9. The method of claim 1, wherein the at least two different types of sensors further comprise one or more of the following: a magnetometer, a heart rate monitor, a global positioning system (GPS) receiver, a barometer, an external temperature sensor, a microphone, a skin temperature sensor, a capacitive sensor, a sensor configured to detect a galvanic skin response, an imaging device, a proximity sensor, an altitude sensor, an attitude sensor, a humidity sensor, a vibration sensor, an infrared sensor, or an audio sensor.
10. The method of claim 1, wherein the wearable device comprises one or more of the following: smartwatches, wristbands, gloves, smart rings, or armbands.
11. The method of claim 1, wherein the analyzing of the sensor data is carried out with aid of one or more processors onboard the wearable device.
12. The method of claim 1, wherein the analyzing of the sensor data is carried out with aid of one or more processors onboard a user device or a remote server in communication with the wearable device, wherein the user device and the remote server are provided separate from the wearable device.
13. The method of claim 12, further comprising: storing the sensor data in a memory on the wearable device when the wearable device is not in operable communication with the user device and/or the server.
14. A system for implementing gesture recognition, comprising:
a memory for storing sensor data collected using at least two different types of sensors located on a wearable device, wherein said wearable device is configured to be worn by a user, the at least two different types of sensors comprise an accelerometer and a gyroscope, and wherein the sensor data comprises an acceleration vector obtained from the accelerometer and an angular velocity vector obtained from the gyroscope; and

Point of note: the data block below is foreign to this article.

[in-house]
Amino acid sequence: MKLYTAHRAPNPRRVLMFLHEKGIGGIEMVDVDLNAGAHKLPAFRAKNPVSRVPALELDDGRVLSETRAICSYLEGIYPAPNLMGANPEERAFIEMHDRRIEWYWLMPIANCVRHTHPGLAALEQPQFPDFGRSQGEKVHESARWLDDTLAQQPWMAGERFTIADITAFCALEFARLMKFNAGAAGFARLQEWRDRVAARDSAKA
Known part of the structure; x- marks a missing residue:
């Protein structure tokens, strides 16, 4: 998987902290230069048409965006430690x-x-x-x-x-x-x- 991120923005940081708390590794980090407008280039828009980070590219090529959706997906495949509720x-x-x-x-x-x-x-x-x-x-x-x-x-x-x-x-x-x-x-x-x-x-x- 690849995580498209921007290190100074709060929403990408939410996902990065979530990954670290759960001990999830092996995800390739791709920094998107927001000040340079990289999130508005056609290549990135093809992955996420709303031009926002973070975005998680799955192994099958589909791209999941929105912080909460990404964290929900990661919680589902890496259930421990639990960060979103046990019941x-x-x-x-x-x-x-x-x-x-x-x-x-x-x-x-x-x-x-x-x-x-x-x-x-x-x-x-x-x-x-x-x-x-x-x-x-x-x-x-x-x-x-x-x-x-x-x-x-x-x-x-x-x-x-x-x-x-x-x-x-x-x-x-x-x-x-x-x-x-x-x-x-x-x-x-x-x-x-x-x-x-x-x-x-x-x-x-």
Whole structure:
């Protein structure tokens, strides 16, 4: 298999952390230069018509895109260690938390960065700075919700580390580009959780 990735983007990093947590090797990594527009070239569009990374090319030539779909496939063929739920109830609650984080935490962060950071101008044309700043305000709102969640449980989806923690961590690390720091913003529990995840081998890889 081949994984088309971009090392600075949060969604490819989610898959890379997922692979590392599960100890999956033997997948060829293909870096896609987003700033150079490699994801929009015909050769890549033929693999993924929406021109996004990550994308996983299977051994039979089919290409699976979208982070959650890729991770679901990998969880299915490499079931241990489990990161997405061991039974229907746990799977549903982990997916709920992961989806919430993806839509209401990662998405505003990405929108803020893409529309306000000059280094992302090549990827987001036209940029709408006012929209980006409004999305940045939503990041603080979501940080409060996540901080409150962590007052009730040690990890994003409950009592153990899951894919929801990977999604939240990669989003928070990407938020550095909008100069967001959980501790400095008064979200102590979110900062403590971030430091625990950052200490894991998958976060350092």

one or more processors configured to analyze the sensor data by evaluating a magnitude of the acceleration vector and a magnitude of the angular velocity vector and determining a correlation between the magnitudes of the acceleration vector and angular velocity vector within different temporal periods to determine a likelihood of the user performing a predefined gesture, wherein the likelihood is determined without comparing the acceleration vector and the angular velocity vector to one or more physical motion profiles.
15. The system of claim 14, wherein the predefined gesture is selected from a group of different gestures associated with different activities including the user smoking or about to smoke a cigarette, eating, drinking, or taking medication.
16. The system of claim 14, wherein the one or more processors are configured to (1) calculate a pitch angle, roll angle, or yaw angle of the wearable device based on at least the acceleration vector or the angular velocity vector, and (2) determine the likelihood of the user performing the predefined gesture based on the calculated angle(s).
17. The system of claim 16, wherein the sensor data comprises a plurality of features encoded within said sensor data, and wherein the plurality of features are associated with various aspects of the predefined gesture.
18. The system of claim 17, wherein the one or more processors are configured to analyze the sensor data by calculating a multi-dimensional distribution function, wherein said multi-dimensional distribution function is a probability function of the plurality of features.